Letters HPV vaccination

Genitourinary medicine clinics may not see young men who have sex with men before they become infected with human papillomavirus (HPV)

BMJ 2014; 349 doi: https://doi.org/10.1136/bmj.g5215 (Published 19 August 2014) Cite this as: BMJ 2014;349:g5215
  1. Emily Clarke, specialty trainee in genitourinary medicine1,
  2. Courtney Burtenshaw, specialty trainee in general practice1,
  3. Megan Goddard, medical student2,
  4. Raj Patel, consultant in genitourinary medicine1
  1. 1Department of Sexual Health, Royal South Hants Hospital, Solent NHS Trust, Southampton, UK
  2. 2University of Southampton, Southampton, UK
  1. emilyrclarke{at}doctors.org.uk

Stanley and colleagues discuss the need to vaccinate all young people against human papillomavirus (HPV).1 Genitourinary medicine clinics may help in preventing HPV infection by offering vaccination opportunistically to men who have sex with men (MSM), but they may miss many young MSM.

An Australian study of 200 MSM aged 16-20 found that the proportion of men with HPV infection increased with each additional sex partner, and that nearly half had anal HPV by the time they had had anal sex with four partners.2 The median age of first insertive or receptive anal intercourse was 17.3

We reviewed all MSM attending this UK level 3 sexual health service from 1 August 2013 to 1 February 2014. Data on MSM who attended on multiple occasions were analysed once, giving a final sample of 134. The median age at attendance was 32 and the median age at first attendance at our clinic 28. Our data suggest that most MSM would have had multiple sexual partners with increased risk of HPV acquisition before they attend any clinic.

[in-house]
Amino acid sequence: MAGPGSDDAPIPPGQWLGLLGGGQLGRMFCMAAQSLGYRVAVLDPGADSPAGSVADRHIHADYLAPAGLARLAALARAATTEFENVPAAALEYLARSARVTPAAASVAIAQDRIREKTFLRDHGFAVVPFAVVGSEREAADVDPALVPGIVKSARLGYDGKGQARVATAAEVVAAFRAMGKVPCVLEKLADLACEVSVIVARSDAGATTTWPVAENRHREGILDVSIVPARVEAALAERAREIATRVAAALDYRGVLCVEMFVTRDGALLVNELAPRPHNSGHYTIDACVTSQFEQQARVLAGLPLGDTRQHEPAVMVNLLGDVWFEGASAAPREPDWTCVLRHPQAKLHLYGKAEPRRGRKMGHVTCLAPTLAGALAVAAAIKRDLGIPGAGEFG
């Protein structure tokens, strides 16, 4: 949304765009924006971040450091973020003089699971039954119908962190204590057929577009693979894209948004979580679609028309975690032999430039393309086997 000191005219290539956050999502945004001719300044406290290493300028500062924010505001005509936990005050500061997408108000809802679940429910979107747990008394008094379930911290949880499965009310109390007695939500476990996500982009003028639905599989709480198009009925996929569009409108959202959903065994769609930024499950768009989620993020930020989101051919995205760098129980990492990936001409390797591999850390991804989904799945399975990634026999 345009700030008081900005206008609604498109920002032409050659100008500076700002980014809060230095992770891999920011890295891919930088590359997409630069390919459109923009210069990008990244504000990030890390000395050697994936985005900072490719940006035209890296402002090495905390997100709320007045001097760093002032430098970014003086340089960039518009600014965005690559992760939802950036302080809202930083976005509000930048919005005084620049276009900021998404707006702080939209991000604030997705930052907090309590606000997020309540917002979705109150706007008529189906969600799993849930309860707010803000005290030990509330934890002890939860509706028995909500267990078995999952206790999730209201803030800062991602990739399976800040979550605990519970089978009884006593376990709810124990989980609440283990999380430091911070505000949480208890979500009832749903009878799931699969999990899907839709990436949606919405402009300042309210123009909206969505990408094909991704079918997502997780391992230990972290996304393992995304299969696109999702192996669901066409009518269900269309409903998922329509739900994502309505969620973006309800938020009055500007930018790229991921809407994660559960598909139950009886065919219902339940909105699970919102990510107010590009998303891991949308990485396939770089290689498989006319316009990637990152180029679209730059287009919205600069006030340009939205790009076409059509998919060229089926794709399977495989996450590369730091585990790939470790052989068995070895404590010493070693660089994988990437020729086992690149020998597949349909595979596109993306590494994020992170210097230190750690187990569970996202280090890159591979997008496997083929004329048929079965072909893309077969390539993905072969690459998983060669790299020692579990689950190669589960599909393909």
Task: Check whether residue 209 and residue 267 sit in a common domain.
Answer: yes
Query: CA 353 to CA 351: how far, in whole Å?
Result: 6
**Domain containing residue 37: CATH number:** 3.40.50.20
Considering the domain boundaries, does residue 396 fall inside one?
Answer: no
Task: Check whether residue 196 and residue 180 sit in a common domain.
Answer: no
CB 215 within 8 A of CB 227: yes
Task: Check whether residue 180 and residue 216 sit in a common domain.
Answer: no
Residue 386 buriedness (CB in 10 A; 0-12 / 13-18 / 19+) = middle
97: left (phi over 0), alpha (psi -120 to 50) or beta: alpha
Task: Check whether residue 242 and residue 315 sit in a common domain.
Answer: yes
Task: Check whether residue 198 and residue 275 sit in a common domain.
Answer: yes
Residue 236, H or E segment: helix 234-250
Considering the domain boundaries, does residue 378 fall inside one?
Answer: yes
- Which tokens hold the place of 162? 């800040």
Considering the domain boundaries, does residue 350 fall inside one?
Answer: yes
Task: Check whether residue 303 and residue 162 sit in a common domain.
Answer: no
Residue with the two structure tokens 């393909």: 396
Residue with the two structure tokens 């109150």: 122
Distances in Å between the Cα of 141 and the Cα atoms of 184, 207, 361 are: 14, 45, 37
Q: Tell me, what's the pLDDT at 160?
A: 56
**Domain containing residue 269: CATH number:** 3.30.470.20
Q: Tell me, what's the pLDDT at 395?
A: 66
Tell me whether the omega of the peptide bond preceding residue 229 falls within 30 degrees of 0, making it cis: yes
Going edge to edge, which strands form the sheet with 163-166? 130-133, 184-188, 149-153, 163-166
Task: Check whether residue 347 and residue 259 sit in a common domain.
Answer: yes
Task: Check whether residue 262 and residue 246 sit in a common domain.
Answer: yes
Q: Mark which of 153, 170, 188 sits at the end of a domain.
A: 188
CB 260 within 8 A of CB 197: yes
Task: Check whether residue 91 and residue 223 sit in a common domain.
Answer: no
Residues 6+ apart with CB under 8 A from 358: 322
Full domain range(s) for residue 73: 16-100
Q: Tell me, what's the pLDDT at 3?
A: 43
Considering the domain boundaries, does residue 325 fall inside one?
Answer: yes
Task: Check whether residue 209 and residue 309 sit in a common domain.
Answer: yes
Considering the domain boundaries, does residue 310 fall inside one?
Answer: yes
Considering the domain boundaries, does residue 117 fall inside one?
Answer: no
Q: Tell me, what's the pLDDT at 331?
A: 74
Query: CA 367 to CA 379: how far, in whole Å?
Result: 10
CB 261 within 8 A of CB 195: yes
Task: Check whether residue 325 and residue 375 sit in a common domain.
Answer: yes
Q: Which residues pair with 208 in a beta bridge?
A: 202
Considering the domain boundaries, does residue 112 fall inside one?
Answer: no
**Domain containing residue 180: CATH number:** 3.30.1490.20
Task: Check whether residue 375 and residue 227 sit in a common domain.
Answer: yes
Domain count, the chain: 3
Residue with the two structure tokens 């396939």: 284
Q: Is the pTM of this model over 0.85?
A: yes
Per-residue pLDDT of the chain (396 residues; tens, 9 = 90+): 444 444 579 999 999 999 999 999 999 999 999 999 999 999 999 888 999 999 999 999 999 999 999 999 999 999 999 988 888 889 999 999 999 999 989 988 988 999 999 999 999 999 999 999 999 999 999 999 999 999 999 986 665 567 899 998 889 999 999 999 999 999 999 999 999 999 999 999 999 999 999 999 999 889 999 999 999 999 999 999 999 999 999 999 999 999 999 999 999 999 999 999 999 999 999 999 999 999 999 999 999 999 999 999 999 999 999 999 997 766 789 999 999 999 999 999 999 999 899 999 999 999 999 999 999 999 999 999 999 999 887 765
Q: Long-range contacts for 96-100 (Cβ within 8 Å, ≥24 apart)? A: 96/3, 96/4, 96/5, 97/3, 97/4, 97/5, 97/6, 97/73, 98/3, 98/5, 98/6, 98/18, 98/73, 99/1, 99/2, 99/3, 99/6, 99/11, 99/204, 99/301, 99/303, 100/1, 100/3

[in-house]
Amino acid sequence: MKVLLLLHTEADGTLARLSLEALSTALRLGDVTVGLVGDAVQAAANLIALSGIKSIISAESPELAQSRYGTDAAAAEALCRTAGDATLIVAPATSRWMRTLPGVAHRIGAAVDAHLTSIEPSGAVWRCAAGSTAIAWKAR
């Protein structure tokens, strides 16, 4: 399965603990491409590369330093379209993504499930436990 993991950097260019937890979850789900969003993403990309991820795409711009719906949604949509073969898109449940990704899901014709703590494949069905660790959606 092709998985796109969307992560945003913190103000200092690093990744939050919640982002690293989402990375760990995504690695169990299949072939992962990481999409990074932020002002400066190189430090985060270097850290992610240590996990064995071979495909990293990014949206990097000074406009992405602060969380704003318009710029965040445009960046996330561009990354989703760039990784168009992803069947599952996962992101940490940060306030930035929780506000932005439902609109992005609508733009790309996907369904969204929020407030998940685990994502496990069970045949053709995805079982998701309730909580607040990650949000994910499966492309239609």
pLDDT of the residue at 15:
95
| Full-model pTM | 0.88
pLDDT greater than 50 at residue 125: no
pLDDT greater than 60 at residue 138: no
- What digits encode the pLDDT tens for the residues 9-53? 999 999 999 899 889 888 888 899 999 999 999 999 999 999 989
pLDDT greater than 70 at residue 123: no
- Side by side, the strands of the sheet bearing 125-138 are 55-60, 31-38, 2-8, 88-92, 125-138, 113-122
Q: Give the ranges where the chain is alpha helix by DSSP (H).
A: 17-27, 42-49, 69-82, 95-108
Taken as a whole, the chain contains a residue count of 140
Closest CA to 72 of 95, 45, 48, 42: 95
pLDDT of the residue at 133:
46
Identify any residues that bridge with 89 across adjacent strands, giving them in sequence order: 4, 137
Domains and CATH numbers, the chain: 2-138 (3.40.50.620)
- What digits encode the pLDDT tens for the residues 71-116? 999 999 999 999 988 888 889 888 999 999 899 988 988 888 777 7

The economic cost of warts treatment, as well as the psychosexual burden of recurrent genital warts, has been largely ignored.4 An Australian study found that in MSM the incidence of genital and anal warts was 0.94 and 1.92 per 100 person years respectively.5 In our clinic sample, 22% of MSM (29/134) presented with warts during 793 years of follow-up, giving an incidence of 3.66 per 100 years of follow-up.

Although opportunistic vaccination of MSM at genitourinary clinics has a role in preventing HPV infection, especially in providing catch up vaccination for older MSM, it will not adequately access young MSM before they have become infected with HPV. We therefore strongly recommend the roll out of HPV vaccination to all teenage boys in the UK.

Notes

Cite this as: BMJ 2014;349e:g5215

Footnotes

References

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